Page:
Since even a minor illness could wipe out your emergency fund, it’s essential to have some kind of health insurance. Depending on your income, you might not have to pay for it if you buy through the health care marketplace.
That doesn’t mean your troubles are over. In some cases (including my own) “affordable” insurance amounts basically to catastrophic coverage. That’s because our deductibles are so high that we’re wary about seeking medical care.
Some people have no coverage at all. Either they don’t believe in the Affordable Care Act, or they (mistakenly) believe they’re so healthy they don’t need insurance.
The following health care workarounds will help folks with high deductibles, and also those who (for whatever reason) don’t have insurance.
Care on a sliding scale
Nationwide, more than 8,500 federally qualified health centers provide prenatal care, sick visits, annual checkups and ongoing care for babies and children. Some of these places also offer oral health, substance abuse, mental health and vision treatment.
State public health clinics provide varying degrees of basic care. Depending on where you live, you can receive ongoing exams, immunizations (including flu shots), family planning/pregnancy testing, well-child exams, mental health services and testing for sexually transmitted diseases.
The National Association of Free & Charitable Clinics offers links to more than 1,200 free and low-cost healthcare providers around the country. You might find one in your area.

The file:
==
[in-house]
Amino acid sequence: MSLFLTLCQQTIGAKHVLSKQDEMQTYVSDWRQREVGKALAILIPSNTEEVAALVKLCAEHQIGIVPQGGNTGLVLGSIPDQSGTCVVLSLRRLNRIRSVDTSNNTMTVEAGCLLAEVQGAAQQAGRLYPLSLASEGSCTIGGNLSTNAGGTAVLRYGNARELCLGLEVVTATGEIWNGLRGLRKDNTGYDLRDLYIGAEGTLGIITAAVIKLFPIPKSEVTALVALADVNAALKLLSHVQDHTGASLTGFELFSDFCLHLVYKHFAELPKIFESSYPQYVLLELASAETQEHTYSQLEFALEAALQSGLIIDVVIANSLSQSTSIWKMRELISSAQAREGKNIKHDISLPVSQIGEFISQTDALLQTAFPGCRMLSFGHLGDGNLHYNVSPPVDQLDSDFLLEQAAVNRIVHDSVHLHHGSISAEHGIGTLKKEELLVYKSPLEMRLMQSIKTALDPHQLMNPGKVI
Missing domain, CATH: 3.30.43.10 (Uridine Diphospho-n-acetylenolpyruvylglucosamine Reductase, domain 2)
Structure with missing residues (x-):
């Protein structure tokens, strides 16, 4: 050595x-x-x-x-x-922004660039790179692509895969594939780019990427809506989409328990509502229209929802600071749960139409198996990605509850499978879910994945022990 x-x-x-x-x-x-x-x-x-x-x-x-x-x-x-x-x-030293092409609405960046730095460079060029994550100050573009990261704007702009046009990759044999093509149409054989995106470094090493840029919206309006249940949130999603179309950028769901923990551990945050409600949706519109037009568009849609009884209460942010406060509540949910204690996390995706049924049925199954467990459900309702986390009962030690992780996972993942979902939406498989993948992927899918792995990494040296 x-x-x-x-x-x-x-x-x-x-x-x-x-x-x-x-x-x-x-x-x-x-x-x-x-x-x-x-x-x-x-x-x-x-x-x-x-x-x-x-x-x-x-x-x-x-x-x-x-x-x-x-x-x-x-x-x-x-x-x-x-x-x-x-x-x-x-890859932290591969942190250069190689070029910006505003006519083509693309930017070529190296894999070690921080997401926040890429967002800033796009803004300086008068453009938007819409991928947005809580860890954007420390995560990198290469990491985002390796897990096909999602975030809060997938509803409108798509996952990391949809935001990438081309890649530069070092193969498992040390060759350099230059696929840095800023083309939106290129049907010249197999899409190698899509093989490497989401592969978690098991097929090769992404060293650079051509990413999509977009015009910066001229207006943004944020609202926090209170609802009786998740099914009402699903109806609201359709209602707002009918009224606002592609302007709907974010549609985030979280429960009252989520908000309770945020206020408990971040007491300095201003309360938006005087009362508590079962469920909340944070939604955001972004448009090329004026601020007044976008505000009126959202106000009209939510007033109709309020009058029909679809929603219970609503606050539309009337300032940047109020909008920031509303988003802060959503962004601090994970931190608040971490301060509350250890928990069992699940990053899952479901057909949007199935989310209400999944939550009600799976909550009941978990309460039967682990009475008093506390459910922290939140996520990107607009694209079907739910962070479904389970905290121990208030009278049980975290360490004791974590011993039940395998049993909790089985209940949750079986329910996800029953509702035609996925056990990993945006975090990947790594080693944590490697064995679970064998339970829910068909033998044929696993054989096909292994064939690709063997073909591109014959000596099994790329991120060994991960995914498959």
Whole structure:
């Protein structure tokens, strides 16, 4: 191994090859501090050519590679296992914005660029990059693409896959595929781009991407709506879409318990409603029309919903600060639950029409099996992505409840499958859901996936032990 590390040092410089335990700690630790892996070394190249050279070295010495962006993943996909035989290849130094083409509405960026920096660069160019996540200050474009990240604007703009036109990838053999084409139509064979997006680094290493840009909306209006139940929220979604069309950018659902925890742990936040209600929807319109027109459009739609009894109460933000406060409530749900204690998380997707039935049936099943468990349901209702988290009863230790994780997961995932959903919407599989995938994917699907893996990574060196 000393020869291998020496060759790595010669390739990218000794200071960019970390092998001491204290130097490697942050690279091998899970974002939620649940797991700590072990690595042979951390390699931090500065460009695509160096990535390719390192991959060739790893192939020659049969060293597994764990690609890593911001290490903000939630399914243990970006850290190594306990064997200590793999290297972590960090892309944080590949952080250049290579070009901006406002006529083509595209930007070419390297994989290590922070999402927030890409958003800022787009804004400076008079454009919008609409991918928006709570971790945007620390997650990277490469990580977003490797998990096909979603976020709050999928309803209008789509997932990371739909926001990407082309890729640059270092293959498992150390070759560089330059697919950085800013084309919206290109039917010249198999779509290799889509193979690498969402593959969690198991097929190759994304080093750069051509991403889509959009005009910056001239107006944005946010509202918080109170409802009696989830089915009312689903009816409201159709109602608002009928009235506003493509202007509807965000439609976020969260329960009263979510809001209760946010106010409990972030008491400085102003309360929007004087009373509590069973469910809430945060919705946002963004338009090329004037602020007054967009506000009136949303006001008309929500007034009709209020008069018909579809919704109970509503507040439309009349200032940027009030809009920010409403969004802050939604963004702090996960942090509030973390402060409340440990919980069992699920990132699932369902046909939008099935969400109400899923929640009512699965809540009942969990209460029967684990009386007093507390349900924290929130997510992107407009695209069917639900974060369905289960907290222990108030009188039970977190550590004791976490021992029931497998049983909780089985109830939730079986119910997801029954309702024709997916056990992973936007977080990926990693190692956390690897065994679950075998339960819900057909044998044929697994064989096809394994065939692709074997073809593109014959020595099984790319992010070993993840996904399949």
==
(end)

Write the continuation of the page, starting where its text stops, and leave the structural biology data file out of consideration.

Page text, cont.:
Finally, dial 2-1-1 (a nationwide clearinghouse for social services) and ask about care options in your area. For example, the North Helpline agency in Seattle hosts two clinics per week, one of them free to the uninsured and the other operating on a sliding-scale basis. Maybe something like that exists in your area, too, but you won’t know unless you ask.
Need a hospital?
Read your insurance policy to learn which hospital(s) the provider prefers. If you’ve just been hit by a truck, the paramedics will want to take you to the closest emergency room – and you should let them! But if you slip on an icy sidewalk or take a spill during a bike ride, you have the luxury of choice.
However, you may not need to head for the ER. Say you twist an ankle during a softball game or develop a fever and cough on a Saturday afternoon. Such issues could likely be handled by an urgent care clinic, which are staffed with doctors and/or nurse practitioners.
These “doc in the box” centers cost less and you’ll probably get treated faster there than you would at a busy ER. You might not even be charged for the visit if they want to refer you elsewhere. Find out which urgent care facilities are on your insurance provider’s preferred list.